KeywordsArizona Geological Survey Open File Reports
Santa Cruz County
La Paz County
total dissolved solids
MetadataShow full item record
CitationGootee, B.F., Mahan, M.K. and Love, D.S., A summary of salinities in Arizona’s deep groundwater. Arizona Geological Survey Open File Report, OFR-12-26, 23 p.
PublisherArizona Geological Survey (Tucson, AZ)
DescriptionThe Department of Energy (DOE), including its National Energy Technology Laboratory (NETL) and West Coast Regional Carbon Sequestration Partnership (WESTCARB), established national programs to evaluate the technical feasibility of long-term subsurface geologic storage of carbon dioxide (CO2) produced by industrial activity. As part of a WESTCARB Phase III – Arizona Geological Characterization (contract No. 500-10-024), the Arizona Geological Survey (AZGS) is evaluating the potential for CO2 sequestration in permeable geologic formations that are below 800 meters (m) (2,624 feet) depth below land surface (bls). Calculating basin volume below 800 m depth is important because CO2 will only remain in a dense, near-liquid state at pressures corresponding to water overburden (hydrostatic pressure) at such depths. Successful sequestration requires both adequate permeability and porosity for large-volume CO2 injection, and an impermeable cap rock that will prevent movement of CO2 to shallower depths and potential escape to the atmosphere. Thus, research of storage potential is targeted at porous and permeable geologic formations with impermeable sealing strata in Cenozoic sedimentary basins in the Basin and Range province, and Paleozoic sedimentary formations in the Colorado Plateau province. Sediment volumes in the 88 Cenozoic basins in Arizona evaluated by Spencer (2011) total 42,247 cubic kilometers (km3), with almost half of the sediment volume in the largest ten basins. The initial screening of Cenozoic sedimentary basins with significant volume and depths (below 800 m), resulted in ten candidate basins (Spencer 2011). Part of the evaluation process is to assess CO2 storage potential and includes identifying geologic formations below 800 m depth, where groundwater salinity concentrations exceed 10,000 milligrams per liter (mg/L) of total dissolved solids (TDS). This concentration represents the threshold above which water is considered non-potable and unsuitable as drinking water (United States Environmental Protection Agency (US EPA), (US EPA 2012). This report presents the results of salinity-data collection throughout Arizona, the data sources and methods used, and a brief discussion of the results, especially with regard to areas in Arizona identified as having CO2 storage potential.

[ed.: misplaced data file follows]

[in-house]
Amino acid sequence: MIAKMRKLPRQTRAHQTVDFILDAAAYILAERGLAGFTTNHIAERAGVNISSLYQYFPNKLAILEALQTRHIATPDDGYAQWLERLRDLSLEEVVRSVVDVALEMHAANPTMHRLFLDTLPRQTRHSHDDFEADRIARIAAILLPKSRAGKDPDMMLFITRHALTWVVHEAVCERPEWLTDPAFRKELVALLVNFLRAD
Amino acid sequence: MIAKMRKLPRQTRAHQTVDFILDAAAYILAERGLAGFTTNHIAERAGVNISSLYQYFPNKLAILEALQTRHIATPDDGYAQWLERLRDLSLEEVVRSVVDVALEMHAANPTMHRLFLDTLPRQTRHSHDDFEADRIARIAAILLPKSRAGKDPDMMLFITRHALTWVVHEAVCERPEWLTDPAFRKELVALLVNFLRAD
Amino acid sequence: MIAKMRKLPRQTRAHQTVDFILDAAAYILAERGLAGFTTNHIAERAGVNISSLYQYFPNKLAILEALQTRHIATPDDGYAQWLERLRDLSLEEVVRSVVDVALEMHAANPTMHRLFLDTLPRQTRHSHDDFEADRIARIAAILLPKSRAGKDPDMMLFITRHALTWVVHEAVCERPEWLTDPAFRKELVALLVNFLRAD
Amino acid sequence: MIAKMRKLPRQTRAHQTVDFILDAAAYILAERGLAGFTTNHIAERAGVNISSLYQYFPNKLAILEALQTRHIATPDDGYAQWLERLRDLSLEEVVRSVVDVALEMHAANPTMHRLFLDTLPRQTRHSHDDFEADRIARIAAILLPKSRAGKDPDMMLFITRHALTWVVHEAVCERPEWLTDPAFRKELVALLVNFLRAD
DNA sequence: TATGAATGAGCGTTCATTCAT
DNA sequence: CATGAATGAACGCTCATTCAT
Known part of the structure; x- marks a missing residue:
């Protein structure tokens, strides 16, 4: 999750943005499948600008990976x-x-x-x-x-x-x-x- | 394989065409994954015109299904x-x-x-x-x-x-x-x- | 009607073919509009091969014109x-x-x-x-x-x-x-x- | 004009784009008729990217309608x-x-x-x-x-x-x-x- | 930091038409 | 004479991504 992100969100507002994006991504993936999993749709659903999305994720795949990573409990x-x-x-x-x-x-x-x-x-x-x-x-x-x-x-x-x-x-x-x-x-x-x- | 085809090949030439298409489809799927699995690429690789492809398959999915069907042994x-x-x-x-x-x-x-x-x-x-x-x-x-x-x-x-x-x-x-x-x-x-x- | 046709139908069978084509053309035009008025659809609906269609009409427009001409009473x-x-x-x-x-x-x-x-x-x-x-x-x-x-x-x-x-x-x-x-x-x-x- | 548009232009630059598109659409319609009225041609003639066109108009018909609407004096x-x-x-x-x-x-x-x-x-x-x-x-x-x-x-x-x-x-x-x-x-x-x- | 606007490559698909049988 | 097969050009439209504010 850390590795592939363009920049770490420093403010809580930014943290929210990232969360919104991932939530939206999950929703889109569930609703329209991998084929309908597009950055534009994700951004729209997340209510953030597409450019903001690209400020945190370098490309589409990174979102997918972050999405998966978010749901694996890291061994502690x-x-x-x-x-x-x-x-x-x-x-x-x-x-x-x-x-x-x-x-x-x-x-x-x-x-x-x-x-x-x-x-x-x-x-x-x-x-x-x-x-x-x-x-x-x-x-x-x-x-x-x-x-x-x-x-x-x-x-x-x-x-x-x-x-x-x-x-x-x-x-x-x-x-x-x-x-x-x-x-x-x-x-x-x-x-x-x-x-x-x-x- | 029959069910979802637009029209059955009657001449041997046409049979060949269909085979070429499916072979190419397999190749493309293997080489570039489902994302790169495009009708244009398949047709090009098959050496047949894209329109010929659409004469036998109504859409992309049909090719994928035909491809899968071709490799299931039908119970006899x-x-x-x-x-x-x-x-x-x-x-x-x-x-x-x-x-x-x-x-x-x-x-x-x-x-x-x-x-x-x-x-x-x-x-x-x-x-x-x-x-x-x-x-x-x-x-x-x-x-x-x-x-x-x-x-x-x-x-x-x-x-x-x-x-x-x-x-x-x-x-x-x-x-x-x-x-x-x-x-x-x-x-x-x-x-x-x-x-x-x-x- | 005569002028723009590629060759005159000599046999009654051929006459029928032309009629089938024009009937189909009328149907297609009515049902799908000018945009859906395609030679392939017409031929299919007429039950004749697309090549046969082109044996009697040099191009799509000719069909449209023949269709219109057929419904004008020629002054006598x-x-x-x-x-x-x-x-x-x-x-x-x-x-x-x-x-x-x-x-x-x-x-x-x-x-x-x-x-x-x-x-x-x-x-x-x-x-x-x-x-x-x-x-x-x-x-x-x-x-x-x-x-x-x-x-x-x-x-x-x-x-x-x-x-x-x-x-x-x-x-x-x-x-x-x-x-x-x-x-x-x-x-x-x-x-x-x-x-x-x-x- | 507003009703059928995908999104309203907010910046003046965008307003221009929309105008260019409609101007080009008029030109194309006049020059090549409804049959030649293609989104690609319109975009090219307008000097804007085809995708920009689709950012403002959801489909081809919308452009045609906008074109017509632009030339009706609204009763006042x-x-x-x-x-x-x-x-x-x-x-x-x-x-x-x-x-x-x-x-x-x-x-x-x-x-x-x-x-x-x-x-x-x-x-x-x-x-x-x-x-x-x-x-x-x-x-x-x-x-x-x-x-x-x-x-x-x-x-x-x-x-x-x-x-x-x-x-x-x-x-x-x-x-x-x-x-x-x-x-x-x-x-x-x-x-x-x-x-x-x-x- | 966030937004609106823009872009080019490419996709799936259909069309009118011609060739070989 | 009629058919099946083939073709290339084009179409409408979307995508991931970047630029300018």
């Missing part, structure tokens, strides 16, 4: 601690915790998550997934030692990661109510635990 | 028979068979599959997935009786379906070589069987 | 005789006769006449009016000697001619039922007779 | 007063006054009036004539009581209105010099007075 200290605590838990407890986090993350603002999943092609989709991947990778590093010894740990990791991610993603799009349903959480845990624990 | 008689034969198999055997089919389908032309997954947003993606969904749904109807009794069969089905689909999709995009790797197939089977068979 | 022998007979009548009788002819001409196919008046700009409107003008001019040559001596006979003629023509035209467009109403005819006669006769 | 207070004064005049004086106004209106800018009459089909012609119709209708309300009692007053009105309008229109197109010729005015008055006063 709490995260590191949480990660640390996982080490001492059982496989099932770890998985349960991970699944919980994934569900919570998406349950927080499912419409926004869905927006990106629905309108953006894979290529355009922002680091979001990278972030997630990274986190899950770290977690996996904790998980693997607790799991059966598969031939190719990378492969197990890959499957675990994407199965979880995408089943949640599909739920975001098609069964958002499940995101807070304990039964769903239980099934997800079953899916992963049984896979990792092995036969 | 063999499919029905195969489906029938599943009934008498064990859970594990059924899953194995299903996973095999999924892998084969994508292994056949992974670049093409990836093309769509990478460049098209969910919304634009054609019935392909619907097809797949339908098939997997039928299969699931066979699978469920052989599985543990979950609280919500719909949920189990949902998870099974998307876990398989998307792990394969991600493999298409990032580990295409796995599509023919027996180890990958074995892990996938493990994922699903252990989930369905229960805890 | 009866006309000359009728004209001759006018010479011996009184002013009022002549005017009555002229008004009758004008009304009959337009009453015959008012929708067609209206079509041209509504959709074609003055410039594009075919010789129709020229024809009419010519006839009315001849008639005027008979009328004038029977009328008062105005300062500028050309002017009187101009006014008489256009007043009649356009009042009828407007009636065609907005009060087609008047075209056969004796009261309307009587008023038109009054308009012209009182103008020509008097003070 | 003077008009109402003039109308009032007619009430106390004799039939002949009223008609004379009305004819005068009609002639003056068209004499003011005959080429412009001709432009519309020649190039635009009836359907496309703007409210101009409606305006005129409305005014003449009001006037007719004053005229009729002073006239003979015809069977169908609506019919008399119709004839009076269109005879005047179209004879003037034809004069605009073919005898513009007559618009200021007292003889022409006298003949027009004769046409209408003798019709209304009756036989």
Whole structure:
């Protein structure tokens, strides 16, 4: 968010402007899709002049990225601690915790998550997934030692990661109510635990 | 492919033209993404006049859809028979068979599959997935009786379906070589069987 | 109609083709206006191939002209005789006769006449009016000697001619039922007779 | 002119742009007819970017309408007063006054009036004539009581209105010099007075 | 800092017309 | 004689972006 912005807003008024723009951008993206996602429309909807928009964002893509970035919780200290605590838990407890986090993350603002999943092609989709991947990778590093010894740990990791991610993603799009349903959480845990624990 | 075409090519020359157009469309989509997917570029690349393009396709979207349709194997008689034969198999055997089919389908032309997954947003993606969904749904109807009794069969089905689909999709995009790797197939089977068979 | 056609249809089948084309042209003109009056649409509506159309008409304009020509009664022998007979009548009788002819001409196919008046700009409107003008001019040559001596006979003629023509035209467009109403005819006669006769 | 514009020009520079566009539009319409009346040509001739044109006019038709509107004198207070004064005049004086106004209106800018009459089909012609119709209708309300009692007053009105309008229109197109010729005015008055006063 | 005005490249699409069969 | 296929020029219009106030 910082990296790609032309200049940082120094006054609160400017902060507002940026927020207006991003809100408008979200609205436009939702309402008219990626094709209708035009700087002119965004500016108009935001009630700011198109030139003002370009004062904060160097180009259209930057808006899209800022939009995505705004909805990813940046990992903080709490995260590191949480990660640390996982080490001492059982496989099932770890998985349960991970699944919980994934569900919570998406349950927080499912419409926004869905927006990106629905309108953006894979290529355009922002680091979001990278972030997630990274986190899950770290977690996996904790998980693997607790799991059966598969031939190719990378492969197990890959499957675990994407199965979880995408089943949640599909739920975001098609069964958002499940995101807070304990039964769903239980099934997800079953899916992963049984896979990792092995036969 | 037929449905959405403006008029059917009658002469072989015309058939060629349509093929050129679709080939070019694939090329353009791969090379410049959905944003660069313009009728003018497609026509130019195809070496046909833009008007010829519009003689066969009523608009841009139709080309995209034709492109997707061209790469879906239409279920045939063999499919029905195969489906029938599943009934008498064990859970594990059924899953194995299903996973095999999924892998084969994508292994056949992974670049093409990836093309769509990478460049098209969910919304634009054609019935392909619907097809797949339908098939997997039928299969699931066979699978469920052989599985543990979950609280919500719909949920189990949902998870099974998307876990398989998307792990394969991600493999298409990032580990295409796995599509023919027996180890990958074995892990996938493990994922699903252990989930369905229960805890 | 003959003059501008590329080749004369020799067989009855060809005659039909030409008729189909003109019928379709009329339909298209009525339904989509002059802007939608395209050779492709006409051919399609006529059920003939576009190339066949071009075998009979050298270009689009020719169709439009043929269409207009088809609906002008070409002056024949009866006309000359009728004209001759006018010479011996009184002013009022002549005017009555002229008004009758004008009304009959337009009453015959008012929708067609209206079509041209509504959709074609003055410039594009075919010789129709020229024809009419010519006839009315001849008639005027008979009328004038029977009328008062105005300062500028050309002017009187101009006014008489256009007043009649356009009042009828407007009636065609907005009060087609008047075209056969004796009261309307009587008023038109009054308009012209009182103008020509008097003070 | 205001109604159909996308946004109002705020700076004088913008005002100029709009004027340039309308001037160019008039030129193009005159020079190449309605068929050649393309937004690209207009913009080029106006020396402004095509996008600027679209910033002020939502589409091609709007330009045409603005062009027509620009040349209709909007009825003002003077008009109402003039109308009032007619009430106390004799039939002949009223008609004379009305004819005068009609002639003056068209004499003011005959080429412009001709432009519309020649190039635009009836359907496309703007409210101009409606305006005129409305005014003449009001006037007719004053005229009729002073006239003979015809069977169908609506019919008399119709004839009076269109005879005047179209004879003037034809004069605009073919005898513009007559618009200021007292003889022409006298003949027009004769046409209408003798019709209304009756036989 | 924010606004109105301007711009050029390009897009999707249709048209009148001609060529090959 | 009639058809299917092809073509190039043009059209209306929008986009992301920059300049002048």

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North Bounding Coordinate37.0916
South Bounding Coordinate31.3176
West Bounding Coordinate-114.917
East Bounding Coordinate-108.984
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